This Hubble Space Telescope view shows the core of 47 Tucanae, a globular cluster in the southern constellation Tucana, the toucan. The cluster is about 15,000 light-years away, and contains hundreds of thousands of stars. One of its residents is a possible binary containing a black hole and a white dwarf, which is the "corpse" of a once-normal star like the Sun. The two are so close together that the black hole appears to be stealing material from the surface of the white dwarf. [NASA/ESA/Hubble Heritage (STScI/AURA)/Hubble Collaboration]
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A dead star in a distant cluster is facing a fate worse than death: complete annihilation. That’s because the star may orbit just 600,000 miles from a black hole — closer than any other black-hole companion yet seen.
This odd system is known as 47 Tucanae X9. It’s in a globular star cluster in the southern constellation Tucana, the toucan. The cluster is about 15,000 light-years from Earth.
Astronomers have watched X9 for years because it’s one of the brightest sources of X-rays in the cluster. X-rays are an indication that something powerful is going on.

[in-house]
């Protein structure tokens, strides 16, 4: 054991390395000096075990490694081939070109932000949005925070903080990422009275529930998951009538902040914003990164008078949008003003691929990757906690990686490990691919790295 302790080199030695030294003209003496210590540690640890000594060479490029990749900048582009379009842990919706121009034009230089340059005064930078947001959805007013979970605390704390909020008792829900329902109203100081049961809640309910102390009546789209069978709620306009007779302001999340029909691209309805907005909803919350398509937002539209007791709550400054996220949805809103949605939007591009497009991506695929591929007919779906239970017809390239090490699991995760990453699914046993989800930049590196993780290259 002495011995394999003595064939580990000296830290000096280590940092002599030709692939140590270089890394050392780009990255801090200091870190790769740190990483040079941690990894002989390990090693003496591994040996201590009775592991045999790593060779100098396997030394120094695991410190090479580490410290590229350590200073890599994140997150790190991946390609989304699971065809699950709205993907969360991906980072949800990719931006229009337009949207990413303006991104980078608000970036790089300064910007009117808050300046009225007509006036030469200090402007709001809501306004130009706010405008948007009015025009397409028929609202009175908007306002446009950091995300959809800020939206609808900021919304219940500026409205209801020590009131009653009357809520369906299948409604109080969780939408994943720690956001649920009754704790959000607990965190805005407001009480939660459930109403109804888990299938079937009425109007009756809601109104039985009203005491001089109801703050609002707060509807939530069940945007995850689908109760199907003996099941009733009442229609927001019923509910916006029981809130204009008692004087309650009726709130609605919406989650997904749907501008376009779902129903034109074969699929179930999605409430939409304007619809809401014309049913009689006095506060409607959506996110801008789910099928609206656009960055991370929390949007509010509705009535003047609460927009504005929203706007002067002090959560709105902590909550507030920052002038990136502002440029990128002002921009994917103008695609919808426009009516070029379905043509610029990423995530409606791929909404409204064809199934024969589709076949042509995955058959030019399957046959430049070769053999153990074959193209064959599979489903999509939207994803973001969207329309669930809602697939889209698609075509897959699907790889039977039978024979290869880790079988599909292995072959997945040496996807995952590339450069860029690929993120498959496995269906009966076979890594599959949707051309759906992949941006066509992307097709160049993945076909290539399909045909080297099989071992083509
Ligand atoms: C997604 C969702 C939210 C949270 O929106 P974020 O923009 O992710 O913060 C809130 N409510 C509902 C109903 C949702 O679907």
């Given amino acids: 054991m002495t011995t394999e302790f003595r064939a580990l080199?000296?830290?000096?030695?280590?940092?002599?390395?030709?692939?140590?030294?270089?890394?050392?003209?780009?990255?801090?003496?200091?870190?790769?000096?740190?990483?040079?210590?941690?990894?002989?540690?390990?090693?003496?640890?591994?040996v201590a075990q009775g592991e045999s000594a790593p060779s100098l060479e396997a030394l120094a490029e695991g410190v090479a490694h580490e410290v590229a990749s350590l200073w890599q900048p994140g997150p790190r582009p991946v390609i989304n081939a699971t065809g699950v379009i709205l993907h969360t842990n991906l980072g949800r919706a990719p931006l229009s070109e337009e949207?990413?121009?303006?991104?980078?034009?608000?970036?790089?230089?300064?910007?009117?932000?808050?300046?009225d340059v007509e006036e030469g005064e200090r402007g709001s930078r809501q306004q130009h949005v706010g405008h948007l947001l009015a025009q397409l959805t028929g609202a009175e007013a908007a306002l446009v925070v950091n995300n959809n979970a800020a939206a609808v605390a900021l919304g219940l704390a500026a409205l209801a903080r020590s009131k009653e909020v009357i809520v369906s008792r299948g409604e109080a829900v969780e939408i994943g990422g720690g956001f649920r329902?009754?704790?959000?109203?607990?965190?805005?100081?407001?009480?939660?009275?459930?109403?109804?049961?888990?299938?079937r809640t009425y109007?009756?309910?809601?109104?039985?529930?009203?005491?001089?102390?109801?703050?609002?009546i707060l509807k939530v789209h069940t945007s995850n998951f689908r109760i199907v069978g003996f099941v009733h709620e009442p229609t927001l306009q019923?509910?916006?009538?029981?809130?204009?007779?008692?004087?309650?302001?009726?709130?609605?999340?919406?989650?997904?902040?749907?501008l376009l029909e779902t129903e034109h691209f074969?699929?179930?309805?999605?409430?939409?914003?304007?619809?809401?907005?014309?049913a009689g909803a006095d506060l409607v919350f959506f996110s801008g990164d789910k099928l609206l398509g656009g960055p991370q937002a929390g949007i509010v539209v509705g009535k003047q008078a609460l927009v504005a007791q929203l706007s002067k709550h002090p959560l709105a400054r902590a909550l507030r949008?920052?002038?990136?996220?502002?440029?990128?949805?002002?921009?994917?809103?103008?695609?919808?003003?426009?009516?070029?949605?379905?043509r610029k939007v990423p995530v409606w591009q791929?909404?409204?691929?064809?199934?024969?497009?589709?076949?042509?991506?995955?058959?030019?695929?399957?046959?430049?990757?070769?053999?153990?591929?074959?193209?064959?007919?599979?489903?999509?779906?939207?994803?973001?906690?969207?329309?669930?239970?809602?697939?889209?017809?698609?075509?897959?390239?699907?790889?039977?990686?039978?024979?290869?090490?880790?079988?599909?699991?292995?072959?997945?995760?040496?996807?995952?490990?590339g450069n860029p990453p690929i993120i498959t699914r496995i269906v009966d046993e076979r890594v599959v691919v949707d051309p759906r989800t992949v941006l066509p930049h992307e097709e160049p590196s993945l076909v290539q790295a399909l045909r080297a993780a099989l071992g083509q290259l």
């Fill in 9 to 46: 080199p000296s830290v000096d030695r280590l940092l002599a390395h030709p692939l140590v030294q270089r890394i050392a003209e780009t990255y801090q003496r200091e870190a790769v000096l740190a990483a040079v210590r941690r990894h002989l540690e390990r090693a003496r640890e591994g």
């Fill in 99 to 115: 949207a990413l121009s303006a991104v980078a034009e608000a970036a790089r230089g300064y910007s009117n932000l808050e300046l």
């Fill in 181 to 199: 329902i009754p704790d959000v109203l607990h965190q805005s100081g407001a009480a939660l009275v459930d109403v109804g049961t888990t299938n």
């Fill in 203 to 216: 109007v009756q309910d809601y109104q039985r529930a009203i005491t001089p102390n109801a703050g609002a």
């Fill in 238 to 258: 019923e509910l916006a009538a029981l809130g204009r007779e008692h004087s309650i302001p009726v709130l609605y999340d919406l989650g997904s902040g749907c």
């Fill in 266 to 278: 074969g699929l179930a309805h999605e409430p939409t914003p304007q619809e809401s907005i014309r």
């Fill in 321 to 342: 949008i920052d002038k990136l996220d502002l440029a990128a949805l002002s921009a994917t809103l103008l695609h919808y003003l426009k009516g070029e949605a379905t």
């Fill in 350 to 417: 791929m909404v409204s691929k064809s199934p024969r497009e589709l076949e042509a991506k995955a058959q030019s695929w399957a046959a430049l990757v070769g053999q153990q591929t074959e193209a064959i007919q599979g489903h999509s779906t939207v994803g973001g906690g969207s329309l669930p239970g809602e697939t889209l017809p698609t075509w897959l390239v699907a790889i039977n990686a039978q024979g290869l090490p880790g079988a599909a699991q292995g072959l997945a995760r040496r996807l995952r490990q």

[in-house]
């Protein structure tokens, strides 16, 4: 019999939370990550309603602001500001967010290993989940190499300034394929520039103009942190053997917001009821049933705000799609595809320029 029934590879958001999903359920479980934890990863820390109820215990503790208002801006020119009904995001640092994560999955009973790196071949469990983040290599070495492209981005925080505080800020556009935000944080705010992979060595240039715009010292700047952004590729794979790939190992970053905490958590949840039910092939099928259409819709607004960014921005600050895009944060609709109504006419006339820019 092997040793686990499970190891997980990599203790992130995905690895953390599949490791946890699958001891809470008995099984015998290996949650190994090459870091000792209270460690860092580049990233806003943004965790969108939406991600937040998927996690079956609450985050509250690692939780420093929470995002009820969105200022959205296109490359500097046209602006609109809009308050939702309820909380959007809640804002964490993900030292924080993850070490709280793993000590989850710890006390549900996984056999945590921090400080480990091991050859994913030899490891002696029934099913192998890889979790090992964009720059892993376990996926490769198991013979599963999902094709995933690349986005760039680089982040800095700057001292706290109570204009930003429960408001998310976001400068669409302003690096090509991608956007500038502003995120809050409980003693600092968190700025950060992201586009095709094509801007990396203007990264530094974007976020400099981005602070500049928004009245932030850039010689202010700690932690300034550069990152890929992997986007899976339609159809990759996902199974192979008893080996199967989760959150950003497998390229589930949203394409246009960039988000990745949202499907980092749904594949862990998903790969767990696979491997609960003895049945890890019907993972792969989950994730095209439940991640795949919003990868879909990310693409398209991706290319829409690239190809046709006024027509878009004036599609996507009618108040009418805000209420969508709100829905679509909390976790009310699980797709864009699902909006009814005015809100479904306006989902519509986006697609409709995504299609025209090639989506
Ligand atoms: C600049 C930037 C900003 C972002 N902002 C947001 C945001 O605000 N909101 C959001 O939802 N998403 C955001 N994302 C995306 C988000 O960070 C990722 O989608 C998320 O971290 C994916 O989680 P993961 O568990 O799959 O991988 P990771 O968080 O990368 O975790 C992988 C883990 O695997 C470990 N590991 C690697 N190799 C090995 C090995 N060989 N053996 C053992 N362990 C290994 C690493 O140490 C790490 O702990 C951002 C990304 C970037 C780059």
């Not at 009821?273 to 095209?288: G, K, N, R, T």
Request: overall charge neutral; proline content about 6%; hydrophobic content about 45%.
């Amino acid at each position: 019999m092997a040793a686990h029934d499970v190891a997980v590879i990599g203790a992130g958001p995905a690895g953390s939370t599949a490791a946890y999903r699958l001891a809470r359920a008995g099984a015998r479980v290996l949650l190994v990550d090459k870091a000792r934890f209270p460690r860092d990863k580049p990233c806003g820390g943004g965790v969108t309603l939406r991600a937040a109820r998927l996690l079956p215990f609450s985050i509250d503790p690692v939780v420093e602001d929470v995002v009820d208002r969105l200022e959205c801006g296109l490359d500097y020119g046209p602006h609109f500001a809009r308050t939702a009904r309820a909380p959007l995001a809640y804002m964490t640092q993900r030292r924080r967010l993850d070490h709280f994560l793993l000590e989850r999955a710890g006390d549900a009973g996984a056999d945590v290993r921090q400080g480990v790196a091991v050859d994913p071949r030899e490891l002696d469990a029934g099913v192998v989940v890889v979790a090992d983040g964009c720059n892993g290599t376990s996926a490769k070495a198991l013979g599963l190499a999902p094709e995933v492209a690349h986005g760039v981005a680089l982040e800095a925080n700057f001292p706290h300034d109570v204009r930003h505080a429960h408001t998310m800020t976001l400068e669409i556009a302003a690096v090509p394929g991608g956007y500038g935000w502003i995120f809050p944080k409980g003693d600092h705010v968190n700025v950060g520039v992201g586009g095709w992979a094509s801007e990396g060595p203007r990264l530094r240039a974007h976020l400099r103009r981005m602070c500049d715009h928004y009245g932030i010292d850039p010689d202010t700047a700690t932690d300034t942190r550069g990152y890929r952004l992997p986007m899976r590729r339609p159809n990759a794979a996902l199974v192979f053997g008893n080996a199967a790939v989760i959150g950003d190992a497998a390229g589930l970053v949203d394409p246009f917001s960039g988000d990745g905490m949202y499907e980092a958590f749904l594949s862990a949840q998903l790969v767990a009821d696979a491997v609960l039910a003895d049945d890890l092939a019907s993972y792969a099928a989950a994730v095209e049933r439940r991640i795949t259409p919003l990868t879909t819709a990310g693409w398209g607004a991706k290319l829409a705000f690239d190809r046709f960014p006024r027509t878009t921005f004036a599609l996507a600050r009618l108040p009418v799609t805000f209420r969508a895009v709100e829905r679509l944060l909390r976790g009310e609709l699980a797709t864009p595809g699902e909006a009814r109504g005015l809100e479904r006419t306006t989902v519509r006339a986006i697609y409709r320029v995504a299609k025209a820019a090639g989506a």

Recent observations with the space-based Chandra X-Ray Observatory suggest that the system consists of a white dwarf and a black hole. A white dwarf is the dead core of a once-normal star. It’s about as big as Earth, but almost as heavy as the Sun.
The recent X-ray observations show that the likely white dwarf orbits the black hole about twice an hour, which tells astronomers that the two are quite close.
They’re so close, in fact, that the black hole appears to be stealing gas from the surface of the white dwarf. This material forms a wide, thin disk around the black hole. As material in the disk spirals toward the black hole, it gets extremely hot, so it emits X-rays.
Over time, the black hole could consume most of the white dwarf, leaving behind an even denser knot of material. On the other hand, it might eat the whole thing — cannibalizing its unlucky companion.
Script by Damond Benningfield